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Hand Condition Contributors Include Variants Passed Down From Neanderthals

NEW YORK – An international team led by investigators at the Karolinska Institute has traced genetic contributors to a fibroproliferative hand condition called Dupuytren's disease back to introgressed sequences introduced into the human genome via mixing with Neanderthals.

Dupuytren's disease, nicknamed "Viking disease" due to its prevalence in northern Europe, is marked by constricted hand movements that eventually cause hands to freeze in a flexed position. The condition is particularly common in individuals of northern European ancestry, though it has also been linked to risk factors ranging from age or a diabetes diagnosis to alcohol consumption.

"Whereas people of African ancestry are rarely afflicted by Dupuytren's disease, up to [about 30 percent] of men over 60 years [old] suffer from this condition in northern Europe," senior and corresponding author Hugo Zeberg, a physiology and pharmacology researcher with the Karolinska Institute, the Max Planck Institute for Evolutionary Anthropology, and the Okinawa Institute of Science and Technology's Human Evolutionary Genomics Unit, and his colleagues wrote in their study, published Wednesday in Molecular Biology and Evolution.

To build on the 36 genetic variants associated with Dupuytren's disease in the past, the team did genome-wide analyses and a meta-analysis involving individuals with or without the hand condition from three cohorts: the UK Biobank Project, FinnGen, and the Michigan Genomics Initiative.

Consistent with past studies, the condition was more common in participants of European ancestry than in individuals of African descent, turning up in nearly 1.4 percent of the European ancestry individuals considered, but just 0.49 percent of individuals of African ancestry.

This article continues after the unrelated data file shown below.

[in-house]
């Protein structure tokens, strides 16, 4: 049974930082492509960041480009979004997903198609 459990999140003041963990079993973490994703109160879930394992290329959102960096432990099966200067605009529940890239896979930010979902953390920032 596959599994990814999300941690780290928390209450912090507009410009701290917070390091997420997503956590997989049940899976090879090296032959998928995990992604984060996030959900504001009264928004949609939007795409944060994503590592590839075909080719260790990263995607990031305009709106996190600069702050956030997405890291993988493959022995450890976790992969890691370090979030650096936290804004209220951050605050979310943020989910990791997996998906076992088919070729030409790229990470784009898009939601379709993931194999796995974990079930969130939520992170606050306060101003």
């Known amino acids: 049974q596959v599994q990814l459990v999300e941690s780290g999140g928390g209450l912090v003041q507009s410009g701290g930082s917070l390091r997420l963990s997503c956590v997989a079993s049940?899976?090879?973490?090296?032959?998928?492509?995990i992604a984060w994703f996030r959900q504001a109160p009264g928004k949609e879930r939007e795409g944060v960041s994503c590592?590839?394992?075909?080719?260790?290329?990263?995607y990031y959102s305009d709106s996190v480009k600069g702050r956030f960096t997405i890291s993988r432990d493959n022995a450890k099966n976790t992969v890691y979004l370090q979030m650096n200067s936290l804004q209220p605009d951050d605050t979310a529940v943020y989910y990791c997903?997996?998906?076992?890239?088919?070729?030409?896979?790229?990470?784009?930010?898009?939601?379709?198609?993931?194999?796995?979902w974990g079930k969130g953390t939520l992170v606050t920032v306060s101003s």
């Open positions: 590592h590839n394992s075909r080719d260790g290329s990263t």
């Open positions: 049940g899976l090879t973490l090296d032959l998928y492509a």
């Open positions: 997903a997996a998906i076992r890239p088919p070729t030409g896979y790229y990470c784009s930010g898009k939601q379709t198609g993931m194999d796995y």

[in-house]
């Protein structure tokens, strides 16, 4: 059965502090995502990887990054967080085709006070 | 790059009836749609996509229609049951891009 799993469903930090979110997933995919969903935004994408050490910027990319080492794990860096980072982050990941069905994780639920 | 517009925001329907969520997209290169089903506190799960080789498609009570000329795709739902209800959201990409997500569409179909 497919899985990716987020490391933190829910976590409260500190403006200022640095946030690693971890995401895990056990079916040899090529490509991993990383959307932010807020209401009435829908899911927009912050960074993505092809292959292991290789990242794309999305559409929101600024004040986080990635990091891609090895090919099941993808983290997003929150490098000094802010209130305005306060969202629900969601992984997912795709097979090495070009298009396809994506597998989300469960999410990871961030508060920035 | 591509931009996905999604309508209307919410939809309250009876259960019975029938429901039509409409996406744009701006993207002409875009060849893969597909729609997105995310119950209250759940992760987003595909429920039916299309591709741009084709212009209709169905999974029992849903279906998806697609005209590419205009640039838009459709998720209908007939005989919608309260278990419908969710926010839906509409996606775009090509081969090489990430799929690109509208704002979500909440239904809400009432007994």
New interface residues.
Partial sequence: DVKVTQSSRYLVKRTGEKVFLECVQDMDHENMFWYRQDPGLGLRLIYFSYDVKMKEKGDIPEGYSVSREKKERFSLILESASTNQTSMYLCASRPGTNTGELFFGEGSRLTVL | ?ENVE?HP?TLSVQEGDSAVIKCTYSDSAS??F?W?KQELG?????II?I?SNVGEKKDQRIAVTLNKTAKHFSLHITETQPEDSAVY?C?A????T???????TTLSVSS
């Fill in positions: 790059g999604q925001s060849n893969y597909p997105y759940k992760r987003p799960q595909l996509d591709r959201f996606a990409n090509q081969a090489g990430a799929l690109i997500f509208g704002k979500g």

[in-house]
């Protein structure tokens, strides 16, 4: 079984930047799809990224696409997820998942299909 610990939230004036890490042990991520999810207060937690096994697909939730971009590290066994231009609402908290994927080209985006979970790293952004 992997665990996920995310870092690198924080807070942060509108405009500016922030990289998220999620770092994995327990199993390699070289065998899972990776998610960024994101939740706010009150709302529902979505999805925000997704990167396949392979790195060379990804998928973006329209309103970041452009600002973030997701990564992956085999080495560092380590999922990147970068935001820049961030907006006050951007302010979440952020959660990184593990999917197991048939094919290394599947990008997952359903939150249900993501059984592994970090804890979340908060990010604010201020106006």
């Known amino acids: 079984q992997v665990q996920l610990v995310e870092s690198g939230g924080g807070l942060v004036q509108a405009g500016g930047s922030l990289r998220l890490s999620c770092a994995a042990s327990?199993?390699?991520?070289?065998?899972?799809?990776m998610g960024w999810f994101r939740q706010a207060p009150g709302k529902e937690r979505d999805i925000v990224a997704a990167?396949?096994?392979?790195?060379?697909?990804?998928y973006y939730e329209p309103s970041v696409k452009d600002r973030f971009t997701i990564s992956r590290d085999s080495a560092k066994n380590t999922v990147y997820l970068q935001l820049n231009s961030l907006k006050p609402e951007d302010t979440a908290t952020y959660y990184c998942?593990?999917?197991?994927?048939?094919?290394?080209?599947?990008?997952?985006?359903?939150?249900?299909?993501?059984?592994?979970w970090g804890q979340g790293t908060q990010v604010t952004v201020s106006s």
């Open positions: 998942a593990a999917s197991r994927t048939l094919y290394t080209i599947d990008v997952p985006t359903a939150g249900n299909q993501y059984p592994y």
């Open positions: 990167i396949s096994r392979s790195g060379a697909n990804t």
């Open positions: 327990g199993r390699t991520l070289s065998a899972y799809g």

With genetic data for 7,871 Dupuytren's disease-affected individuals and 645,880 unaffected control individuals, the investigators narrowed in on 61 Dupuytren's disease-associated variants, including 21 risk variants not reported previously.

While many of these genetic risk factors had been identified in the past, the Dupuytren's disease-related variants originating in Neanderthal-introgressed sequences had not, Zeberg explained in an email.

With a series of follow-up fine-mapping, linkage disequilibrium, quantitative trait locus, Mendelian randomization, and other analyses, the researchers identified and started characterizing three new Dupuytren's disease risk variants in Neanderthal introgressed sequences.

The most pronounced Neanderthal-related association involved a chromosome 7 variant that appeared to influence transcript splicing for a gene called EPDR1 in muscle and adipose tissues and in culture fibroblast cells, the researchers reported.

"[W]e were able to identify the causal gene of one of the genetic risk factors," Zeberg explained.

While a specific Dupuytren's disease-related role for the protein encoded by EPDR1 is yet to be determined, he explained, the current analysis highlighted a causal role for the gene, potentially pointing to an avenue for future treatment options.

"This is a case where the meeting with Neanderthals has affected who suffers from illness," Zeberg said in a statement. Nevertheless, he noted that "we should not exaggerate the connection between Neanderthals and [Viking's disease]" since the risk factors passed down from the archaic hominin represent a small proportion of the overall genetic risk identified.